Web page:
[Update: 2/13/2006 12:02 PST]: I just realized that Google's first implementation is at San José City College, not San Jose State. Updated accordingly.
Over at Expert Texture, Robert had a great post yesterday raising concerns about Google branding GMail (Corporate GMail). According to their post here, Google is going to start offering GMail to corporate customers--with their domain names. They're starting by taking over San José City College's e-mail.
Robert raises a couple of salient issues:
How will GMail isolate company data and ensure that it never gets shared with other customers? How secure is the GMail database? Leaving aside the issues raised by the EFF yesterday, what are the security procedures in place at Google to ensure that customer data are secure?
Those are great questions. Few pieces of software contain as many corporate secrets as e-mail servers. In this day and age, virtually all communication goes through e-mail servers (much, much more gets done this way than through phones or IM)--and that means that corporate secrets are in that system.
Certainly many small-to-medium companies don't worry so much about intellectual property and therefore won't worry so much about this. After all, if I were operating Dan's Frisbee and Waffle Shop, and corporate GMail would give me the ability to have e-mail addresses like firstname.lastname@example.org without my investing any time, staff, or money in hardware or software, I may think that is terrific. Who cares if someone finds out that I'm introducing a new flavor of syrup next week?
But if I'm a large corporation (and let's face it: by announcing the service with a 10,000+ account implementation, Google is is making it clear that they aren't aiming at the frisbee and waffle shops of the world), I have grave concerns about putting my most secret intellectual property in the hands of any other corporation; even if their motto is "Don't be evil."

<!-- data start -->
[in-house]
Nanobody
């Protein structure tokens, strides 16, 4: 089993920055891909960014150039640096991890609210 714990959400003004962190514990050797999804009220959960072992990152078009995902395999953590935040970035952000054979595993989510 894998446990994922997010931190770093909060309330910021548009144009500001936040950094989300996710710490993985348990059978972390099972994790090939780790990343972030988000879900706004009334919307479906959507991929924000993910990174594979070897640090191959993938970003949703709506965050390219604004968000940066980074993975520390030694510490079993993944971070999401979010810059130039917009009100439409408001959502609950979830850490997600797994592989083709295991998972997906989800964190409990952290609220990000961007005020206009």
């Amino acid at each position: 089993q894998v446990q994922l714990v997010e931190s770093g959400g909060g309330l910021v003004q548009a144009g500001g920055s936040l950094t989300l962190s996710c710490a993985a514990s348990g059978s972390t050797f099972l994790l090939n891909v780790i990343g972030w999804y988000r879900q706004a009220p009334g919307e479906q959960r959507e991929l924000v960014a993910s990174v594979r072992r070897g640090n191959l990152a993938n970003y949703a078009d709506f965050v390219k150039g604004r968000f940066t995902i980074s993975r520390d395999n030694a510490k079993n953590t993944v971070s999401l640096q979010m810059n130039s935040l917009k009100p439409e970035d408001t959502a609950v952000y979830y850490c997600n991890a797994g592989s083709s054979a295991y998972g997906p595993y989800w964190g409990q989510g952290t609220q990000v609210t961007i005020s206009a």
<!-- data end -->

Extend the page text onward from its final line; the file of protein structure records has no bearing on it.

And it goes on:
But in a larger sense, this same question is being faced all over the software industry as people create and offer Software as a Service. And in many cases, companies are finding ways to assure their clients that their secrets are safe. Look what Salesforce.com has been able to convince companies to do: hand over all of their customer and sales data. For many companies, those secrets are as valuable as the ingredients to their special sauce.
SaaS companies are finding ways to convince customers that their data are safe (from both outside and inside vulnerabilities). But it will continue to be a major issue as SaaS becomes a more frequent business model. And, undoubtedly, just as we hear today about credit card companies accidentally exposing credit card numbers, in the not-to-distant future we'll here of some SaaS provider who inadvertently revealed the ingredients of the special sauce.
So, SaaS developers, I give you this. I've already told you that you have to design your system to be scalable from the outset. Now: make sure you're thinking about security from the ground up, too.